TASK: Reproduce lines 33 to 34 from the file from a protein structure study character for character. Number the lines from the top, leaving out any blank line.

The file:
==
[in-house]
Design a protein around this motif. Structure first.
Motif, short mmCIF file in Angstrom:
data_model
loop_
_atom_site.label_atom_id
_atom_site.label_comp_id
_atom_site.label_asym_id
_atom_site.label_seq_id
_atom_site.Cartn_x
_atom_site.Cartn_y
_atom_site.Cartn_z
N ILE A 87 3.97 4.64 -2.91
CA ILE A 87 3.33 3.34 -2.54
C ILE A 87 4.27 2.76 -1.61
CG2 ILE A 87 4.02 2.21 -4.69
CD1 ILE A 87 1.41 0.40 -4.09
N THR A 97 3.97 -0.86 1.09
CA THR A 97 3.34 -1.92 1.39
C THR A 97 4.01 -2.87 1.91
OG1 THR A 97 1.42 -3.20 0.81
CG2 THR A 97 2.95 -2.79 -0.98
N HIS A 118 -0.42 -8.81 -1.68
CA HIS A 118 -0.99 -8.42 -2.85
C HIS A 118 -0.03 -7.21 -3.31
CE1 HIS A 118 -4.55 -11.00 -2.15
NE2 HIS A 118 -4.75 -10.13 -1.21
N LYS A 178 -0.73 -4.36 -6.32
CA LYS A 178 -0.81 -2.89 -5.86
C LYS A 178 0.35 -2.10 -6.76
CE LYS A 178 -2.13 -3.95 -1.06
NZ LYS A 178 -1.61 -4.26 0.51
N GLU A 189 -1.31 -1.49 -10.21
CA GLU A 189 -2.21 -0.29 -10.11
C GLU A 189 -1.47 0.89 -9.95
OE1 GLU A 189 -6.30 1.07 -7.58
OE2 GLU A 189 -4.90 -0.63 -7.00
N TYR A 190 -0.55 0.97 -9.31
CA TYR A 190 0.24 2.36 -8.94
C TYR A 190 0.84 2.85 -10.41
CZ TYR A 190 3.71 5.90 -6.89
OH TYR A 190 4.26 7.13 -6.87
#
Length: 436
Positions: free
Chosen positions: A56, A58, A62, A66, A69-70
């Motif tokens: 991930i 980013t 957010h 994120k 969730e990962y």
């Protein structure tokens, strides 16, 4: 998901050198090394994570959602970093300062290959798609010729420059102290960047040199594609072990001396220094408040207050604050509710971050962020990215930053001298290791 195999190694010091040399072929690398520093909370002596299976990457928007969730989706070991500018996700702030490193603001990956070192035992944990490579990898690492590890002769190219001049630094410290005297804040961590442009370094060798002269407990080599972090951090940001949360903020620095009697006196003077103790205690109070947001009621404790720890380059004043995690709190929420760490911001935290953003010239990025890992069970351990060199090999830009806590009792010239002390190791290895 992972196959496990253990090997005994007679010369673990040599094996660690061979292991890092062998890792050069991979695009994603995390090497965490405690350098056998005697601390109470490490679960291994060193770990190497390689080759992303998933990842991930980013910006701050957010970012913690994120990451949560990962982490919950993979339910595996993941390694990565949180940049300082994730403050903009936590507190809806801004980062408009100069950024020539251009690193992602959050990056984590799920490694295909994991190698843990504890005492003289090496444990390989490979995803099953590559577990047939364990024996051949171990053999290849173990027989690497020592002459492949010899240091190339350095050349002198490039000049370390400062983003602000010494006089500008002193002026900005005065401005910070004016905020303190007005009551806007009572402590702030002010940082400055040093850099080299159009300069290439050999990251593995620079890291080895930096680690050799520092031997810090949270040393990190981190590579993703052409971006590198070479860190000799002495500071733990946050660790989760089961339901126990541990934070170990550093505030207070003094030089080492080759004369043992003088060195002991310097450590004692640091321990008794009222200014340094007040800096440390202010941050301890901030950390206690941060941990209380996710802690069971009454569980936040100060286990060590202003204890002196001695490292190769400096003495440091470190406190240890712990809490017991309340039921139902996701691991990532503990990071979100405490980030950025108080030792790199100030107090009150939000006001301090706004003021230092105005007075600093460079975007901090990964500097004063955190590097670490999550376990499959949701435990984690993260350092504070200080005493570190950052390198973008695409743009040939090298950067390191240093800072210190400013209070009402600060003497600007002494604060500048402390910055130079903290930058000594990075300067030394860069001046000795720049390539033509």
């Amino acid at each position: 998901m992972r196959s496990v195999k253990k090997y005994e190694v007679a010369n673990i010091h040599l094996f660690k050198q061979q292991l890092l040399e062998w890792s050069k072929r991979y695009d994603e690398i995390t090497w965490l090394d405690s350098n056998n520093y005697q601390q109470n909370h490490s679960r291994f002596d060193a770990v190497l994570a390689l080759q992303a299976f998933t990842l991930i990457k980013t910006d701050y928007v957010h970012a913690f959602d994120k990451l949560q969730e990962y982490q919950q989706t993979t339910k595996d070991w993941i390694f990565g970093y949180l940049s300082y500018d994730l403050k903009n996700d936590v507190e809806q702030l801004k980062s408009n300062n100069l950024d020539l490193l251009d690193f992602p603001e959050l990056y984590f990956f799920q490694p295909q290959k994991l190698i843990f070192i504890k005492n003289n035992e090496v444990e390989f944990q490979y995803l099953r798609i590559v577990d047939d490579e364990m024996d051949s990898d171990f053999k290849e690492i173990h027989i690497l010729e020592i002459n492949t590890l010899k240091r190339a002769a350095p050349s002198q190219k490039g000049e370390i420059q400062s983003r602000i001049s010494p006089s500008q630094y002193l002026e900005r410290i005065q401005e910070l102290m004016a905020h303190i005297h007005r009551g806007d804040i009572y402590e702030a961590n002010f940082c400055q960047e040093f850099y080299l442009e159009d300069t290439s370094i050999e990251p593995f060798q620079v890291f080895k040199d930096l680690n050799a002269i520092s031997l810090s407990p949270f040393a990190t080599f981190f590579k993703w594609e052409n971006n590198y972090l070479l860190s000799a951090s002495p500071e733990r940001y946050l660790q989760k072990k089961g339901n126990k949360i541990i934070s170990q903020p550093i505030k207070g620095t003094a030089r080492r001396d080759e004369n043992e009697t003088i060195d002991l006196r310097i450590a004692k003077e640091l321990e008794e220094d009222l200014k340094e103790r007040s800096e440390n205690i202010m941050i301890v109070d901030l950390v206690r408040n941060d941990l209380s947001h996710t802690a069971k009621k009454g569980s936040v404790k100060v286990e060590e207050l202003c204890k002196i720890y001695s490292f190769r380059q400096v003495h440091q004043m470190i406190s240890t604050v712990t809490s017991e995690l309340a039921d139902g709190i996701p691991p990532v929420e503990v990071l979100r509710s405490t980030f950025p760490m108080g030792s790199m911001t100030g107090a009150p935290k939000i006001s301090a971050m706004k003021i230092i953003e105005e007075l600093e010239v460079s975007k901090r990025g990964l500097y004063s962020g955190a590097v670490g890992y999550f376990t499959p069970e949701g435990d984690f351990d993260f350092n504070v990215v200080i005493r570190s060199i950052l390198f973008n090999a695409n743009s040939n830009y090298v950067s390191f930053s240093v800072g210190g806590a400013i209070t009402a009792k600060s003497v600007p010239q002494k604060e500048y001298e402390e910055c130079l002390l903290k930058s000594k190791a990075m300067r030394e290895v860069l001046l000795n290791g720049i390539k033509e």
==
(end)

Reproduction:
N GLU A 189 -1.31 -1.49 -10.21
CA GLU A 189 -2.21 -0.29 -10.11